“Celestine was my great grandmother – I come from a line of strong Swedish women – Karin is my mother and her mother was also Karin, and her mother was Celestine. I have a bust of Celestine in my studio, which I inherited from my mum, and she’s always looked over me as a matriarch – reminding me of the line of strong, adventurous and very creative women. I was looking for a name for my business so Celestine appealed and I also like hares – they are magical and I particularly love the mythology associated with women shape-shifting into hares. I’d also made a hare which sits next to Celestine and it was as simple as that – Celestine and the hare.”
Karin also uses a pen name (we’re not quite sure what her real name is!), which came about by mistake. She explains, “I had been dithering over what to call myself and I went to an event where they had mistakenly made a name badge for me saying ‘Karin Celestine’ and I thought ‘That’s quite nice!’
The Karin Celestine books came about after Karin had been making the felt animals and selling them, but as she was making the characters she gave them backstories and invented silly narratives. “I did a calendar and cards for Graffeg and they asked if I had considered writing a story. I was also encouraged by Jackie (Morris) to have a go. It was strange because I had never been encouraged in school to write – in fact I was told I couldn’t write and was the worst at crafts! So I wrote ‘Paper Boat for Panda’ and cried as I submitted it.”
Whilst the felted creatures get up to all sorts of hijinks and tomfoolery (especially in the films and photos Karin shares on social media), the books turned out with added empathy, “I have a huge thing about kindness – it is so important; kindness and mischief – that’s my strapline and the books turned out gentler. And because I’d been a teacher there are messages – I’ve slipped things in that I know children need to hear.”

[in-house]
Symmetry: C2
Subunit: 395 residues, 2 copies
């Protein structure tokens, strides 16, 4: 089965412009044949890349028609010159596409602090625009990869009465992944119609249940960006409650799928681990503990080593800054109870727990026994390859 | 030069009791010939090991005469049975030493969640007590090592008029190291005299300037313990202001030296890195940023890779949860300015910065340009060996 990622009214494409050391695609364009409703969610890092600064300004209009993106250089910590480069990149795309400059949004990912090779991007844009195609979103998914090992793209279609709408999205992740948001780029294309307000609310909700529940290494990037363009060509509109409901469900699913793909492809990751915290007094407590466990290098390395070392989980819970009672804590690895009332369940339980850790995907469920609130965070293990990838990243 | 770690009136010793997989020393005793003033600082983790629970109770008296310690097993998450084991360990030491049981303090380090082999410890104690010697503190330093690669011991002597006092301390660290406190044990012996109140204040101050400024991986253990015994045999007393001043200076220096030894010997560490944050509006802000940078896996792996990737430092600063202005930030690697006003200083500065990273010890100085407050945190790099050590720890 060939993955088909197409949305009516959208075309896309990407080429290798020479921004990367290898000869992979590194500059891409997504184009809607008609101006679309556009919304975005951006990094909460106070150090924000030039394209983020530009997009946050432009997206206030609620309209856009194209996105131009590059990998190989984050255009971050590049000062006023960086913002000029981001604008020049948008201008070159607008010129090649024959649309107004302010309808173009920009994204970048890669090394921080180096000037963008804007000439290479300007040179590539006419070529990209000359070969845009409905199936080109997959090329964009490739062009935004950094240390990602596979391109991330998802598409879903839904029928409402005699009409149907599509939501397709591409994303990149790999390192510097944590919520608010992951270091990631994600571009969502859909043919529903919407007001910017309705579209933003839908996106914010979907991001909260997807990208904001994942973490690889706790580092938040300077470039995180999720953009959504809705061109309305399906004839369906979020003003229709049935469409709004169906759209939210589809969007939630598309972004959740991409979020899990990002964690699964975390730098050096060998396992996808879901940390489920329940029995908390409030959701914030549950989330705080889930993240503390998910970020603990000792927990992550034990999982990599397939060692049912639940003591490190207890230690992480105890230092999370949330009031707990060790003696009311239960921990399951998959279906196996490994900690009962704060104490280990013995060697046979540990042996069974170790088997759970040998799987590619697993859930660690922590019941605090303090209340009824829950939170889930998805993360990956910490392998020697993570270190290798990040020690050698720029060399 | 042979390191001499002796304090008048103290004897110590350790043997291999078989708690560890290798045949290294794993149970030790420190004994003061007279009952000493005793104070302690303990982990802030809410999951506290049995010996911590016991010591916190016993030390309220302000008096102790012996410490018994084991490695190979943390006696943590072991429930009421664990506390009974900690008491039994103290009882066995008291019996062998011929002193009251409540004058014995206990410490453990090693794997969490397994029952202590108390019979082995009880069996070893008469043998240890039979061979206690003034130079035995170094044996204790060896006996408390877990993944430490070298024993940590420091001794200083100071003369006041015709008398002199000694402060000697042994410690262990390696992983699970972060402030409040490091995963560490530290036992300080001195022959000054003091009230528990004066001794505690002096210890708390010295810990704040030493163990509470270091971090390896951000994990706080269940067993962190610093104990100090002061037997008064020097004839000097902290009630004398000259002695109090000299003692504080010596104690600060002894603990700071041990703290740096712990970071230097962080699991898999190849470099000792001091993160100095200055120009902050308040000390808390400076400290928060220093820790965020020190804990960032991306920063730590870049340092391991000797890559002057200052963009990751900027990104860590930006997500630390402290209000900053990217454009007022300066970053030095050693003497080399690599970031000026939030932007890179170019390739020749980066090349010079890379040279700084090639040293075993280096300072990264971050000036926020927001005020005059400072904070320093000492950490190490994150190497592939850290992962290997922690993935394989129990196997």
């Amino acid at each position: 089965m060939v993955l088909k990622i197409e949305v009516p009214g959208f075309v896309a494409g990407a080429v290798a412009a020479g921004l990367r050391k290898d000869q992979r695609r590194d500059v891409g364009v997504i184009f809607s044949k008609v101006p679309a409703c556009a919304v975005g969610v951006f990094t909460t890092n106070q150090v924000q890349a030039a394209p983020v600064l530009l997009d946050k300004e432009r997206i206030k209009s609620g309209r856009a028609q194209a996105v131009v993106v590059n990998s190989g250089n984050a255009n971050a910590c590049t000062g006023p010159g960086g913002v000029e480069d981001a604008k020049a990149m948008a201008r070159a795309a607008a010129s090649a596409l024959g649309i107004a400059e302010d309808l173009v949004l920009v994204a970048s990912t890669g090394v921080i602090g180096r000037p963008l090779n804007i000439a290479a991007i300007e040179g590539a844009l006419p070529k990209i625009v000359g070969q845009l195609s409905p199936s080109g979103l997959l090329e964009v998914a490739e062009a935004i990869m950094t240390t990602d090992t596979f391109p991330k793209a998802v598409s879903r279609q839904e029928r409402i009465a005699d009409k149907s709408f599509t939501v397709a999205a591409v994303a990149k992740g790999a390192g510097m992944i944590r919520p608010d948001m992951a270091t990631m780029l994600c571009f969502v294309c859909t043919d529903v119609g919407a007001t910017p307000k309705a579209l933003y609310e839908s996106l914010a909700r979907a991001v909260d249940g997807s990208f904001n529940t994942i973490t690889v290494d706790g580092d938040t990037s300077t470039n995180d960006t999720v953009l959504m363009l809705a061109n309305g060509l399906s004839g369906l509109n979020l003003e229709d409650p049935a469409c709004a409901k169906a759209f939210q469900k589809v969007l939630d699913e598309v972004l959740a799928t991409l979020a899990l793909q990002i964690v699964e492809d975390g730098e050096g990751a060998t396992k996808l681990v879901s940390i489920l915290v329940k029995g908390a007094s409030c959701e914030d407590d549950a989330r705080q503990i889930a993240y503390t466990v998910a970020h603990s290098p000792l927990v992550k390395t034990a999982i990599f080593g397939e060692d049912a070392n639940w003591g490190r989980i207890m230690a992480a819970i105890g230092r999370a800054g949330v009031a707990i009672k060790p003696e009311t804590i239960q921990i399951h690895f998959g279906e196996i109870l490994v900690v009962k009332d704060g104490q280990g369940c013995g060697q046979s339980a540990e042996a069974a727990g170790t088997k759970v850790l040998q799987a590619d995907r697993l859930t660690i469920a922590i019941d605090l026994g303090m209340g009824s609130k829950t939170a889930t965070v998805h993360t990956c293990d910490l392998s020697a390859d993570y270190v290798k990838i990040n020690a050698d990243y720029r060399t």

Nine books on, and Karin brings us her new story about Hedgehog. She told us, “There is more humour in this one, but still with an ecological message.”
“A lot of the environmental issues in the news can be too big and too frightening for young children – as a child you can feel completely helpless to do anything about it. I remember the ‘Save the Tiger’ campaign from when I was younger, and short of buying a membership to the World Wildlife Fund there was nothing I could do – and for me, that’s not very positive. I want everybody to feel they are able to do something to help.”
In the back of all of Karin’s books there are some craft activities, many with an ecological theme – building bug houses, weaving, making suncatchers. “We should all be back garden eco warriors – the activities are something that any child can do and feel good about. They then grow up thinking they can make a difference.”
Making a difference is exactly what Karin’s books inspire through the actions of Grandpa, Grandma, Bert, Bertram, Emily, Small, Panda, King Norty, Baby Weasus and all the tribe. Kindness and mischief and making a difference.
To buy copies of Karin’s books with personalised dedications, visit her website where you can find lots of other information and activities. Huge thanks to Karin for giving her time so generously and thank you to Graffeg for the copy of Helping Hedgehog Home, given in return for an honest review.
For more Weasel Wednesday and Choklit stealing, follow Karin on Twitter or Facebook.